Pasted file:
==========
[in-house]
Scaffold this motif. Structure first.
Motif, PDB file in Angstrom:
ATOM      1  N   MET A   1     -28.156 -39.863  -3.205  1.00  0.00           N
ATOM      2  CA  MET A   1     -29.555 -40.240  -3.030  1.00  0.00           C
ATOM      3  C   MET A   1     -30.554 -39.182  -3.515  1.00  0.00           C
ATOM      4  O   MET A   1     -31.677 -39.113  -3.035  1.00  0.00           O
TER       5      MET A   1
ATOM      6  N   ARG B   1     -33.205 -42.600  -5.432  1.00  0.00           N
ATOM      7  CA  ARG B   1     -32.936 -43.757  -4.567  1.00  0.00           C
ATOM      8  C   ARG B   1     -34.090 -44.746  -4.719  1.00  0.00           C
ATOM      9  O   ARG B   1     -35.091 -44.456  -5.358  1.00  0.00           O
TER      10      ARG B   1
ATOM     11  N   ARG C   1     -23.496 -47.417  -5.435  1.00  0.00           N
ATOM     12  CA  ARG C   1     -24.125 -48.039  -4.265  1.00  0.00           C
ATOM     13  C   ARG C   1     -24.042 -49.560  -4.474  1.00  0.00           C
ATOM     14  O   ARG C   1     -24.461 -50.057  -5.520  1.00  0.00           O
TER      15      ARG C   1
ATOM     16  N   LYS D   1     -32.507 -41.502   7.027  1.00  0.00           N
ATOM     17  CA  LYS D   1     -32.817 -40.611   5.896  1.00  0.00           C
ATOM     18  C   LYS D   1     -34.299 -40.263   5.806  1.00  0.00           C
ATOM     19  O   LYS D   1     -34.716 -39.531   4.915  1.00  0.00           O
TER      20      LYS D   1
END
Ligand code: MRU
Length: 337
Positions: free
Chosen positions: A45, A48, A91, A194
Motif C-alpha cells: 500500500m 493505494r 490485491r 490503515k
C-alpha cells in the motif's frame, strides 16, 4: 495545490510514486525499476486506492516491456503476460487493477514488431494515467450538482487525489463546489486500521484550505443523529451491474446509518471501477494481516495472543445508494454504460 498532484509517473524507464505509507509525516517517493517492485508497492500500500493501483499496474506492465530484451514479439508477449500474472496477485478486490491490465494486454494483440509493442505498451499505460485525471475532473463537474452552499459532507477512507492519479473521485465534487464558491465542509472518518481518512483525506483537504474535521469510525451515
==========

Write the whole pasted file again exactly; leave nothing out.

[in-house]
Scaffold this motif. Structure first.
Motif, PDB file in Angstrom:
ATOM      1  N   MET A   1     -28.156 -39.863  -3.205  1.00  0.00           N
ATOM      2  CA  MET A   1     -29.555 -40.240  -3.030  1.00  0.00           C
ATOM      3  C   MET A   1     -30.554 -39.182  -3.515  1.00  0.00           C
ATOM      4  O   MET A   1     -31.677 -39.113  -3.035  1.00  0.00           O
TER       5      MET A   1
ATOM      6  N   ARG B   1     -33.205 -42.600  -5.432  1.00  0.00           N
ATOM      7  CA  ARG B   1     -32.936 -43.757  -4.567  1.00  0.00           C
ATOM      8  C   ARG B   1     -34.090 -44.746  -4.719  1.00  0.00           C
ATOM      9  O   ARG B   1     -35.091 -44.456  -5.358  1.00  0.00           O
TER      10      ARG B   1
ATOM     11  N   ARG C   1     -23.496 -47.417  -5.435  1.00  0.00           N
ATOM     12  CA  ARG C   1     -24.125 -48.039  -4.265  1.00  0.00           C
ATOM     13  C   ARG C   1     -24.042 -49.560  -4.474  1.00  0.00           C
ATOM     14  O   ARG C   1     -24.461 -50.057  -5.520  1.00  0.00           O
TER      15      ARG C   1
ATOM     16  N   LYS D   1     -32.507 -41.502   7.027  1.00  0.00           N
ATOM     17  CA  LYS D   1     -32.817 -40.611   5.896  1.00  0.00           C
ATOM     18  C   LYS D   1     -34.299 -40.263   5.806  1.00  0.00           C
ATOM     19  O   LYS D   1     -34.716 -39.531   4.915  1.00  0.00           O
TER      20      LYS D   1
END
Ligand code: MRU
Length: 337
Positions: free
Chosen positions: A45, A48, A91, A194
Motif C-alpha cells: 500500500m 493505494r 490485491r 490503515k
C-alpha cells in the motif's frame, strides 16, 4: 495545490510514486525499476486506492516491456503476460487493477514488431494515467450538482487525489463546489486500521484550505443523529451491474446509518471501477494481516495472543445508494454504460 498532484509517473524507464505509507509525516517517493517492485508497492500500500493501483499496474506492465530484451514479439508477449500474472496477485478486490491490465494486454494483440509493442505498451499505460485525471475532473463537474452552499459532507477512507492519479473521485465534487464558491465542509472518518481518512483525506483537504474535521469510525451515